dominant performance from their pack and two tries – the second a sensational solo score – for Jonny May helped England to a fourth straight victory over Ireland.
England started their autumn with wins over Italy and Georgia that left their fans wanting more. In those games, they simply got the job done against lesser opposition. Here, they bullied a decent team. Victory over Wales in Llanelli next week will see them top Pool A, with a shot at winning the Autumn Nations Cup back at Twickenham on December 6.
The game was looser and more open than anticipated in the early stages, with kicks spilt and ambition shown by both sides. But as things tightened up and the scrappiness lifted a touch, England gripped the game. Until a late Irish score, it looked as if they would go two whole matches without conceding for the first time since 1962. As it was, they went more than 240 minutes without shipping a point.
England’s first-half excellence was built upon a ferociousness up front. Their forwards each made at least eight tackles in the first half, with the flankers Sam Underhill and Tom Curry clocking 14 each and Mako Vunipola 12. At the breakdown, which they dominated, they won six penalties. And the set-piece was all theirs too. They were not afraid to remind Ireland of that fact, either.
Twice Ireland sent kickable penalties to the corner, and twice England spoilt their five-metre lineout – the first resulting in May’s mazy second try. And twice Ireland forged their way into England’s 22 with ball in hand and twice conceded penalties at the breakdown, with Billy Vunipola the first menace and Maro Itoje the second.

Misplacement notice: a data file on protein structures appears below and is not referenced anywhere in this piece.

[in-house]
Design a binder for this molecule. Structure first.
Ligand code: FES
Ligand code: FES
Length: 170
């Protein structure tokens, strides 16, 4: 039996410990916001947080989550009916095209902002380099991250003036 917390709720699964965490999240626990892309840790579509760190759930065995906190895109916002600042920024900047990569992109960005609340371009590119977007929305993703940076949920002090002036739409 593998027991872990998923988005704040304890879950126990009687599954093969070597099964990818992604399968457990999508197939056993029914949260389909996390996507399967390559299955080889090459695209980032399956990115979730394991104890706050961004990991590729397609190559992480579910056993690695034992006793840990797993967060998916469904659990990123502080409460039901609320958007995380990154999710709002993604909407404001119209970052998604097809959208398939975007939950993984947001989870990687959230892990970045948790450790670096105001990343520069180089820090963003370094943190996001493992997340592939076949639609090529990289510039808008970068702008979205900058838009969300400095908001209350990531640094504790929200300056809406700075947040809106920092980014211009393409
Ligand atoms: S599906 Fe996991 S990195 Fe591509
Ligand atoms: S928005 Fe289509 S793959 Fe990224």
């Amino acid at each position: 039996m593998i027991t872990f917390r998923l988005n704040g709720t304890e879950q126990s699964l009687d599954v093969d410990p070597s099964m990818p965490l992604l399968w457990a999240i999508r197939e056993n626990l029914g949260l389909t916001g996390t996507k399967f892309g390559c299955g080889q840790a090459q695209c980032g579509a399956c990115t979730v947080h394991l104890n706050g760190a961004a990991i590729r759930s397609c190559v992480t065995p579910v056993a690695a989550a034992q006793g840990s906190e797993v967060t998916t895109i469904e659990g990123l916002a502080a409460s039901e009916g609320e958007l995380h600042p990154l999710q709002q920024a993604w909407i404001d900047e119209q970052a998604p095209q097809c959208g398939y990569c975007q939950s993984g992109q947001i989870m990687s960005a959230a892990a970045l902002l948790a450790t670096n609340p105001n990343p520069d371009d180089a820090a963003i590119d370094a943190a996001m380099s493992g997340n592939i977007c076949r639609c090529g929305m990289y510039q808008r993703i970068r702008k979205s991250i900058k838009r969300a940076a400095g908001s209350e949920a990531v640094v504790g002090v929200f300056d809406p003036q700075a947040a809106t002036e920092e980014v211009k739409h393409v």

In kinder conditions than they experienced last week, England were more fluent behind the scrum. Ollie Lawrence was more involved than he was on his first start last week, in both attack and defence. And then there was May, whose two tries take him to 31 for England, past Jeremy Guscott and level with Will Greenwood and Ben Cohen, with only Rory Underwood (49) ahead of him.
His first try came from a cross-kick from Owen Farrell on advantage ball. He rose above Hugo Keenan, the Irish full-back who England put under horrible high-ball pressure throughout the first half. May should never have been allowed to win the ball, but he did, and scored.
The second try, just four minutes later, was even more impressive. With Ireland deep in English territory, Ronan Kelleher overthrew. Itoje gathered the bouncing ball and fed the backline. In their own 22, they passed along the backline, until May set off. He ghosted past Chris Farrell and inside Keith Earls before kicking in-field. Inevitably, he won the footrace against Jamison Gibson-Park to score under the posts.
At the break, England could have been much further than 12 points ahead. Underhill had a try chalked off – after more pressure at the lineout – for not rolling away.
Ireland, particularly in the set-piece, improved as the game wore on in a duller second half. Owen Farrell nudged over two penalties to take England out of sight. Ireland enjoyed more forays into England’s 22, but every time they looked like scoring – and they came mighty close through Chris Farrell – England would find a penalty, usually through the brilliant Itoje, who was named man of the match.
A deserved score finally came, into the last 10 minutes with the benches emptying. It was made by one replacement and scored by another, with Billy Burns chipping over the defence beautifully, and Jacob Stockdale gathering to score.
Ireland had something to encourage them, but it came too late to change the outcome.
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